One of the best-looking, best-sounding discs you’ll experience this year. Complete justice is done to the sumptuous vision conceived of by Refn, Larry Smith, costumer Wasitchaya ‘Nampeung’ Mochanakul (Tears of the Black Tiger) and production designer Beth Mickle; the same for the superb soundtrack by Cliff Martinez and sound designers Kristian Eidnes Andersen and Eddie Simonsen.
Skin tones remain skin-like within the most garish of lighting set-ups, while colours and shadows are full and deep, precisely accurate to location, time of day, and sometimes very specific light sources. Audio effects are likewise precise and rich, with Martinez’ score becoming a key aspect of how the story is told, punctuated effectively by Thai pop songs sung by characters in karaoke bars.
The U.K. disc has a commentary hosted by Empire/Guardian journo Damon Wise, which is the highlight of the extras. Refn is detailed and clear about every aspect of the film, from conception to release, and covers just about everything relevant. He explicitly draws character parallels with Valhalla Rising and Drive, including describing Chang, the Angel of Vengeance, in the same terms as the Driver, i.e. the hero of the piece. It is complemented nicely by the press-release-touted behind-the-scenes clips, which only total about twenty minutes but give a real flavour of being in prep and on location during the production
The two trailers are included, with the rest of the extras consisting of image galleries looking at various posters developed for the film, including Little White Lies’ competition entries. These latter galleries are U.K. exclusives; the U.S. Anchor Bay disc gets 12 minutes of interviews with Refn and 9 minutes with Martinez instead.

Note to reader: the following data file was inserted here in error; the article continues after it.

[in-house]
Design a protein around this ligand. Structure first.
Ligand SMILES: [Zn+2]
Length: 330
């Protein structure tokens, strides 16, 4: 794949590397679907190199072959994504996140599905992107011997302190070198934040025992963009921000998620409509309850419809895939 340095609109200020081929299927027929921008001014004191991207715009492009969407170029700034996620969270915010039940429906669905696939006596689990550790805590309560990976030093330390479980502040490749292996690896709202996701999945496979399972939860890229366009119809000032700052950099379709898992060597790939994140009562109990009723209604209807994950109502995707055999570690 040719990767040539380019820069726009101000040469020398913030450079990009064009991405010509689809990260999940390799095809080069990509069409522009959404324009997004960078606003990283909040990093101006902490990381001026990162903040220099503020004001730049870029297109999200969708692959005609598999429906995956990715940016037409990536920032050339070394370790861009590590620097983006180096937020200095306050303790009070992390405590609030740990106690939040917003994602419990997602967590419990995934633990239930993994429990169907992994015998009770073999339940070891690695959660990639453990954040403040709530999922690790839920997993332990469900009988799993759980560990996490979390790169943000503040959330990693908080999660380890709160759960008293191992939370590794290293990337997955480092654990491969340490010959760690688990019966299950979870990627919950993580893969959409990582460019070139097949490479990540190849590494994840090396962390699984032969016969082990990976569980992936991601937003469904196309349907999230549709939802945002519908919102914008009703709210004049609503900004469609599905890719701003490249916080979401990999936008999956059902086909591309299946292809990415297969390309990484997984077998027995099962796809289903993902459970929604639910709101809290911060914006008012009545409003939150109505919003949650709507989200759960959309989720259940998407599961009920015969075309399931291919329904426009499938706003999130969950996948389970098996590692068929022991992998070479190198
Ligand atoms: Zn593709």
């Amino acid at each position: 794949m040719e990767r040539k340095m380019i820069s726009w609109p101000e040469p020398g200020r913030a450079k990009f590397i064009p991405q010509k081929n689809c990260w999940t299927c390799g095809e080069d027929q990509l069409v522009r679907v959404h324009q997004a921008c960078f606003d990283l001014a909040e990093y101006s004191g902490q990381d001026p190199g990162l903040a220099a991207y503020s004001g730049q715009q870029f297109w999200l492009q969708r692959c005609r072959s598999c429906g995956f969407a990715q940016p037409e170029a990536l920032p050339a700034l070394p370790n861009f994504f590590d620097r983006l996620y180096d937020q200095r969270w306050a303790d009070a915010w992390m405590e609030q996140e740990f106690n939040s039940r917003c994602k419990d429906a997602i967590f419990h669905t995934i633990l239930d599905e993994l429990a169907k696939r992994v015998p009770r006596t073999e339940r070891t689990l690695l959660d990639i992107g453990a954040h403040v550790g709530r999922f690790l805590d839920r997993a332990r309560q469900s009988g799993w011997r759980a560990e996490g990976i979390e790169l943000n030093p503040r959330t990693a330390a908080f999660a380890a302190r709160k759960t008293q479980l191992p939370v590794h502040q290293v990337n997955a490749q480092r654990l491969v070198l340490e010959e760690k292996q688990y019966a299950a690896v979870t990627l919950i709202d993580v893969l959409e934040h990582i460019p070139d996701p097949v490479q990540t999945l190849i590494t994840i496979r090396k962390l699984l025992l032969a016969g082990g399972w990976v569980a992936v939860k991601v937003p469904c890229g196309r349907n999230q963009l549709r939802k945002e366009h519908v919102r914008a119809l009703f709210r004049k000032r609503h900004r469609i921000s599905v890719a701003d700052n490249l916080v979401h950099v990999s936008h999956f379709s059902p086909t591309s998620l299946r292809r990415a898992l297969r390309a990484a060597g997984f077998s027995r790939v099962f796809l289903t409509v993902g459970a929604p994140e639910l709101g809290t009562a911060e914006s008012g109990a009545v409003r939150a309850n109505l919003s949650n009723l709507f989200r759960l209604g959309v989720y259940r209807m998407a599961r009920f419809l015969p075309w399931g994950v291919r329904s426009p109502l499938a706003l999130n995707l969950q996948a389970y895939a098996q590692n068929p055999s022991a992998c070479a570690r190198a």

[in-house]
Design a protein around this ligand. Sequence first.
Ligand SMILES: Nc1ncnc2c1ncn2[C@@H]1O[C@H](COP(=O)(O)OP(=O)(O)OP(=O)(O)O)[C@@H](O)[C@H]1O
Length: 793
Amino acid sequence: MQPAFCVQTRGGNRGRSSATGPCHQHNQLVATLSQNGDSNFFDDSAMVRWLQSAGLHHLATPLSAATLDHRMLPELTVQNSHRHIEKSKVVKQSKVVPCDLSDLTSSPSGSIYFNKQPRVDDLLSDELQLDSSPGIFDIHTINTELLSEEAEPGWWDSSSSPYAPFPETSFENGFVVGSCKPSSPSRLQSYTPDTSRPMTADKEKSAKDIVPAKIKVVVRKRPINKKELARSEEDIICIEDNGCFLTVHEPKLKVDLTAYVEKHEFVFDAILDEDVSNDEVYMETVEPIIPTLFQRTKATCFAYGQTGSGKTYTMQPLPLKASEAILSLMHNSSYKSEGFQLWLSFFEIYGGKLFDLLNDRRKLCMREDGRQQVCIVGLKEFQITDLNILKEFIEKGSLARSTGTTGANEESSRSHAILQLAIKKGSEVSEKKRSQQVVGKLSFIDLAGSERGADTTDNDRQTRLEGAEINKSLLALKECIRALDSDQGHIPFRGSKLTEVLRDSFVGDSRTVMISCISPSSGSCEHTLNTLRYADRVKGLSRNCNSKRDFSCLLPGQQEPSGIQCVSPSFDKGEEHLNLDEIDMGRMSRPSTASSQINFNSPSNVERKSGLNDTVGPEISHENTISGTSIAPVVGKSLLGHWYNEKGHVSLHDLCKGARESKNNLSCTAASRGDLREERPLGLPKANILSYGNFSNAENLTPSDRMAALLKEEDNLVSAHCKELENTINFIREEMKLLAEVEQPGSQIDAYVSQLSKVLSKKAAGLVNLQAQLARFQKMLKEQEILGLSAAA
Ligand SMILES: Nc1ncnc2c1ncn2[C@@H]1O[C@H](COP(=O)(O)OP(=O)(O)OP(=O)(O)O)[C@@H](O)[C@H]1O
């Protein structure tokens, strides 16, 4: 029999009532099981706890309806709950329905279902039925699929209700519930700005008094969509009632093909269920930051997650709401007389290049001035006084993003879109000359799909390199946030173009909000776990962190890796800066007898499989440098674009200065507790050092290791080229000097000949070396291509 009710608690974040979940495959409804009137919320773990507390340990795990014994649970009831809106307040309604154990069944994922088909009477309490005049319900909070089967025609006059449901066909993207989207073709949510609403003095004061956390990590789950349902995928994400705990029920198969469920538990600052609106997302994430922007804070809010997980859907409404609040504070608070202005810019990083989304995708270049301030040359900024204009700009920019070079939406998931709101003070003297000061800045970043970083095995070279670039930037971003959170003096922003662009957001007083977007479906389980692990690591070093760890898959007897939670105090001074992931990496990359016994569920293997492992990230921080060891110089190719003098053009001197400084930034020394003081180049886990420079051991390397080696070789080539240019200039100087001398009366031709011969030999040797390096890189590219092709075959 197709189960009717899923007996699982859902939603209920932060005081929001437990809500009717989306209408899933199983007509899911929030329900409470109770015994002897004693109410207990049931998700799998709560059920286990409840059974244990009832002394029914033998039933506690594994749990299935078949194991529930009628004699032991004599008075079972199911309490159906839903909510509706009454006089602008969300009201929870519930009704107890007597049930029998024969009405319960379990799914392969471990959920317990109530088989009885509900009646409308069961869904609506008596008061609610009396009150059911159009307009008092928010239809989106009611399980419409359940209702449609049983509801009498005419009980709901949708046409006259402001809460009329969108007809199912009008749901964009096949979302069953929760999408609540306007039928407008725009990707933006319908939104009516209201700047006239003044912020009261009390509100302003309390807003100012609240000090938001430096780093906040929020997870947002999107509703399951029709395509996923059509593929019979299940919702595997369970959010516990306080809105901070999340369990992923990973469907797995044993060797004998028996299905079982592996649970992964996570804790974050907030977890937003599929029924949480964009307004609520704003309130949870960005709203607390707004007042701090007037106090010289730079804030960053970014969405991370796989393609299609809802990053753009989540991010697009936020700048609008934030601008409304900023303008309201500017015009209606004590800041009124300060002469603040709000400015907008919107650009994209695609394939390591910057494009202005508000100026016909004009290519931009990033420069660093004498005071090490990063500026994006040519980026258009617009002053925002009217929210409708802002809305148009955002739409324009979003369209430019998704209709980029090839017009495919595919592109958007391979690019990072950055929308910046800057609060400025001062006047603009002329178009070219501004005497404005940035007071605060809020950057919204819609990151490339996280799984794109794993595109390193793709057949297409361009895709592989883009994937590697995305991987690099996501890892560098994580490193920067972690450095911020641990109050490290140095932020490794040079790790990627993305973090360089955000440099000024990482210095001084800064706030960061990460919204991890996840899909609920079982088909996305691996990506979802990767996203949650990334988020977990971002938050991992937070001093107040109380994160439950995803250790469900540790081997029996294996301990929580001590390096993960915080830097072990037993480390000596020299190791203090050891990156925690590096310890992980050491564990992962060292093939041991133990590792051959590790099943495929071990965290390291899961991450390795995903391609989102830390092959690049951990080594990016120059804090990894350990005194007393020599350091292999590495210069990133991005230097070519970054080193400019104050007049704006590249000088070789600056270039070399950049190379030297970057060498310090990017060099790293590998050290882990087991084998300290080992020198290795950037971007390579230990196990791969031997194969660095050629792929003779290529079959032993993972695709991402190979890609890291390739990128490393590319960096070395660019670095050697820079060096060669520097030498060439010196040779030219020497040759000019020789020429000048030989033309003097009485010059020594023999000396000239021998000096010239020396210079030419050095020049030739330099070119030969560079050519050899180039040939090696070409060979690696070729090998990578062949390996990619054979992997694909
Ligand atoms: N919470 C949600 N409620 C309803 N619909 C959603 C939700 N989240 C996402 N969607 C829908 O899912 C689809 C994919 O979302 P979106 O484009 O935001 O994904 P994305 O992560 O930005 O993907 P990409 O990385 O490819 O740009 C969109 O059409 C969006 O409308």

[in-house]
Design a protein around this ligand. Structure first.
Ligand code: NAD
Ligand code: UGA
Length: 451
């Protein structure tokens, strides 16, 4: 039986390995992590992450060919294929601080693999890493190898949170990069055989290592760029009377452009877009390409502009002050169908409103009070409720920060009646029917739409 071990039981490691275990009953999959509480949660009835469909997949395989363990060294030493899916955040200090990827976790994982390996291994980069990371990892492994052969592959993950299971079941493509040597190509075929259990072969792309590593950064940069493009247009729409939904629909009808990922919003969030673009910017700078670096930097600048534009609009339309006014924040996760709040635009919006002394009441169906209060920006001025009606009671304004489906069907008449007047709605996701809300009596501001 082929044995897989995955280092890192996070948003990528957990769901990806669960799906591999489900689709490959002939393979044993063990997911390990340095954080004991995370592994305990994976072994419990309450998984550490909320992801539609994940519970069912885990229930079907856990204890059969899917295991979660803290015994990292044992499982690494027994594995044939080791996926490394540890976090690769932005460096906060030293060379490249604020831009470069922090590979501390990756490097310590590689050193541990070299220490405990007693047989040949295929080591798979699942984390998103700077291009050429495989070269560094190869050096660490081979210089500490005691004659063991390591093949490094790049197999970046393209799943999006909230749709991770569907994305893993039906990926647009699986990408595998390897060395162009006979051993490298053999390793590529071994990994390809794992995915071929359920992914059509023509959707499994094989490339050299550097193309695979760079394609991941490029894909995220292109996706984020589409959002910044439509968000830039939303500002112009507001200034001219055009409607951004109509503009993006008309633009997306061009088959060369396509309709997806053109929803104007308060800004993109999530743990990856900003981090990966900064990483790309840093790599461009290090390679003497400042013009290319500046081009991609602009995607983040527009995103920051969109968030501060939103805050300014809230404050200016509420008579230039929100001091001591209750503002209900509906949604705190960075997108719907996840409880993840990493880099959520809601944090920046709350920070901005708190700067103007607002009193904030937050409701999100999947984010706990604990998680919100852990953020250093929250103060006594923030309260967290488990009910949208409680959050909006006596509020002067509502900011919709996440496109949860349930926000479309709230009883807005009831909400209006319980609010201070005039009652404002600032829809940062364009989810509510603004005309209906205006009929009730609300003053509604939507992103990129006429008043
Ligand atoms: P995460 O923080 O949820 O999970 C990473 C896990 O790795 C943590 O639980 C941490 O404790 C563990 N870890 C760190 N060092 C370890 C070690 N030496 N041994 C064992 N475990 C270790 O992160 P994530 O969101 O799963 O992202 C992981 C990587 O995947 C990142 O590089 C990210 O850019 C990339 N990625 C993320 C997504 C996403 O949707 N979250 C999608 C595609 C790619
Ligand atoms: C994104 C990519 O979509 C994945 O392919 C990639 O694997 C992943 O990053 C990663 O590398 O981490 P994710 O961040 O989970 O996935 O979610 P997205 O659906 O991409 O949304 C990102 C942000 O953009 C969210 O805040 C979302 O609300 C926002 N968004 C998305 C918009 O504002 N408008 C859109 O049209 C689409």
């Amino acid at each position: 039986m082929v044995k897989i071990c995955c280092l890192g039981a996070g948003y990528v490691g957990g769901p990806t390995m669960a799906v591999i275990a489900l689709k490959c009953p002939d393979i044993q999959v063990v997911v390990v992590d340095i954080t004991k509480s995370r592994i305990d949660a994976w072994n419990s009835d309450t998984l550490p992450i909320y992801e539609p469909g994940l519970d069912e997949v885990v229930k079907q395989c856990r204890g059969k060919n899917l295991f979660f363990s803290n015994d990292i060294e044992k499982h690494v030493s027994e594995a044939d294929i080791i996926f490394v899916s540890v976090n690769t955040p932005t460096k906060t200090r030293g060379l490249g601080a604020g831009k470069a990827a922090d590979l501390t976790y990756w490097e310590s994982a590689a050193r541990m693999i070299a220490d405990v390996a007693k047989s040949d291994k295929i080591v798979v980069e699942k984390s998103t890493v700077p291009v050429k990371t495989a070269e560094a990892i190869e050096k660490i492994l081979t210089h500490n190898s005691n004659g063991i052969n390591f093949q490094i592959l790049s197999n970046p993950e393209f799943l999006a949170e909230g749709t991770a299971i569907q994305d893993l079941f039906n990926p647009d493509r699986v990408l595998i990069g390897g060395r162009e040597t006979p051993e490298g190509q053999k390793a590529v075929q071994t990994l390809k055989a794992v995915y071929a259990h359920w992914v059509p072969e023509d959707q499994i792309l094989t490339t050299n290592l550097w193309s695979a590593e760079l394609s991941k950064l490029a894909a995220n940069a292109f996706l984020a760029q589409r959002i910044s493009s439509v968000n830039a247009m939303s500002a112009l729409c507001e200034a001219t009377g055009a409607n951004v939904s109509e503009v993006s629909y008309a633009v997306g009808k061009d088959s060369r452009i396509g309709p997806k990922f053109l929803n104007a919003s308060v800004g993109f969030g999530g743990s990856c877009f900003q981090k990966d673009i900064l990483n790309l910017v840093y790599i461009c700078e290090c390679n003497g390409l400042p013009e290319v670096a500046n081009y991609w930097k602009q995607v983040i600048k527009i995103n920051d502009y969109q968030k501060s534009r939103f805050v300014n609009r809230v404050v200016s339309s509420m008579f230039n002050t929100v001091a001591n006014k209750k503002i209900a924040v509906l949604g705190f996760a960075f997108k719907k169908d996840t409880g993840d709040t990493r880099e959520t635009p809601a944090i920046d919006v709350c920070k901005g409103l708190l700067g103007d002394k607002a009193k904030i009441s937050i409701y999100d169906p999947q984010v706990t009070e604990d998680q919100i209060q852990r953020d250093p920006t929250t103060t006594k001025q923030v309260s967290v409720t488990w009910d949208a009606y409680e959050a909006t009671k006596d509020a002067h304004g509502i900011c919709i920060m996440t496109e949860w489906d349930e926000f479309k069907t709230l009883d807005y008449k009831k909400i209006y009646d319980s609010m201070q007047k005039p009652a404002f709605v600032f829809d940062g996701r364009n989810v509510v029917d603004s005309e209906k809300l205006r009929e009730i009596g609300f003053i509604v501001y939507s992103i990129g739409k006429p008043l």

It has been said many times before that commentaries and BTS docs would become the new film school; listening to Refn and seeing him in action makes it clear that while they may help with the technical and collaborative nature of film-making, that is still no substitute for possessing clear artistic vision. Making it for half the budget proposed to him, sticking to practical effects, working in a country foreign to him with a local crew, yet still producing something so uniquely recognisable as his: this is the real lesson to be taken away by budding film-makers, especially those inspired by wide-ranging influences as Refn is.
One of the films of 2013, it only cements the Refn/Gosling creative combo after two films, and should make cinephiles salivate as much as inspire cineastes. A dark, wild ride through the souls of men and women in the Thai underworld, it is, for all of its nods and references, an original piece that undermines both the clichés of the genres it operates within, and the expectations Western audiences had of this team after the over-rated Drive.